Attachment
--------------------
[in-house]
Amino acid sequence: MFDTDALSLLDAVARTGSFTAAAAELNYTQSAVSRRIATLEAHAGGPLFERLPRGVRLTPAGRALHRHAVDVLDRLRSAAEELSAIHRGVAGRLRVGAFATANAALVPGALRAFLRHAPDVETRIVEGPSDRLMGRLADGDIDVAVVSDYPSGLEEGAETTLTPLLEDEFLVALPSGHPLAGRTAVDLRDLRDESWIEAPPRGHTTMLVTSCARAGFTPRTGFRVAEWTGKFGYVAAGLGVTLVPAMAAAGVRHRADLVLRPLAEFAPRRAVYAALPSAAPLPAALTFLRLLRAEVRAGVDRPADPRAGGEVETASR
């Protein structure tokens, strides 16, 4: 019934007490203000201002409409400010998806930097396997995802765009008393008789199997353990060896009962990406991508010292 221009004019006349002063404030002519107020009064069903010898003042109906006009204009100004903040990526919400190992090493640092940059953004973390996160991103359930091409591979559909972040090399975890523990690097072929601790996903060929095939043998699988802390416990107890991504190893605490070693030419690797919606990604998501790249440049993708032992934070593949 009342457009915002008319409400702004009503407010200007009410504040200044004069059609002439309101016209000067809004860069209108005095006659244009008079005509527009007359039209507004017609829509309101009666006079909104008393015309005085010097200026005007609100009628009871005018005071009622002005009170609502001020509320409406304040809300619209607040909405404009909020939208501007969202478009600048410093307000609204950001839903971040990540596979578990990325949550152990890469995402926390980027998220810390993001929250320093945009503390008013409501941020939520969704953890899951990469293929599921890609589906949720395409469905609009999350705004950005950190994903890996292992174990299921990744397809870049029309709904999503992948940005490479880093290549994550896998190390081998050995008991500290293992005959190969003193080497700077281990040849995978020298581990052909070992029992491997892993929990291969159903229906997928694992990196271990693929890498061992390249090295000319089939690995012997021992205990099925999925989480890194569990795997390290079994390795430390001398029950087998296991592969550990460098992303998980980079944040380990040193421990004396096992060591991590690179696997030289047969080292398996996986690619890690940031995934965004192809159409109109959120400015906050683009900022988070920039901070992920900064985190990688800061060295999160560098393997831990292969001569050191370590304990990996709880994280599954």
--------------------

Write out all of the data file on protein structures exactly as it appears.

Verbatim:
[in-house]
Amino acid sequence: MFDTDALSLLDAVARTGSFTAAAAELNYTQSAVSRRIATLEAHAGGPLFERLPRGVRLTPAGRALHRHAVDVLDRLRSAAEELSAIHRGVAGRLRVGAFATANAALVPGALRAFLRHAPDVETRIVEGPSDRLMGRLADGDIDVAVVSDYPSGLEEGAETTLTPLLEDEFLVALPSGHPLAGRTAVDLRDLRDESWIEAPPRGHTTMLVTSCARAGFTPRTGFRVAEWTGKFGYVAAGLGVTLVPAMAAAGVRHRADLVLRPLAEFAPRRAVYAALPSAAPLPAALTFLRLLRAEVRAGVDRPADPRAGGEVETASR
């Protein structure tokens, strides 16, 4: 019934007490203000201002409409400010998806930097396997995802765009008393008789199997353990060896009962990406991508010292 221009004019006349002063404030002519107020009064069903010898003042109906006009204009100004903040990526919400190992090493640092940059953004973390996160991103359930091409591979559909972040090399975890523990690097072929601790996903060929095939043998699988802390416990107890991504190893605490070693030419690797919606990604998501790249440049993708032992934070593949 009342457009915002008319409400702004009503407010200007009410504040200044004069059609002439309101016209000067809004860069209108005095006659244009008079005509527009007359039209507004017609829509309101009666006079909104008393015309005085010097200026005007609100009628009871005018005071009622002005009170609502001020509320409406304040809300619209607040909405404009909020939208501007969202478009600048410093307000609204950001839903971040990540596979578990990325949550152990890469995402926390980027998220810390993001929250320093945009503390008013409501941020939520969704953890899951990469293929599921890609589906949720395409469905609009999350705004950005950190994903890996292992174990299921990744397809870049029309709904999503992948940005490479880093290549994550896998190390081998050995008991500290293992005959190969003193080497700077281990040849995978020298581990052909070992029992491997892993929990291969159903229906997928694992990196271990693929890498061992390249090295000319089939690995012997021992205990099925999925989480890194569990795997390290079994390795430390001398029950087998296991592969550990460098992303998980980079944040380990040193421990004396096992060591991590690179696997030289047969080292398996996986690619890690940031995934965004192809159409109109959120400015906050683009900022988070920039901070992920900064985190990688800061060295999160560098393997831990292969001569050191370590304990990996709880994280599954």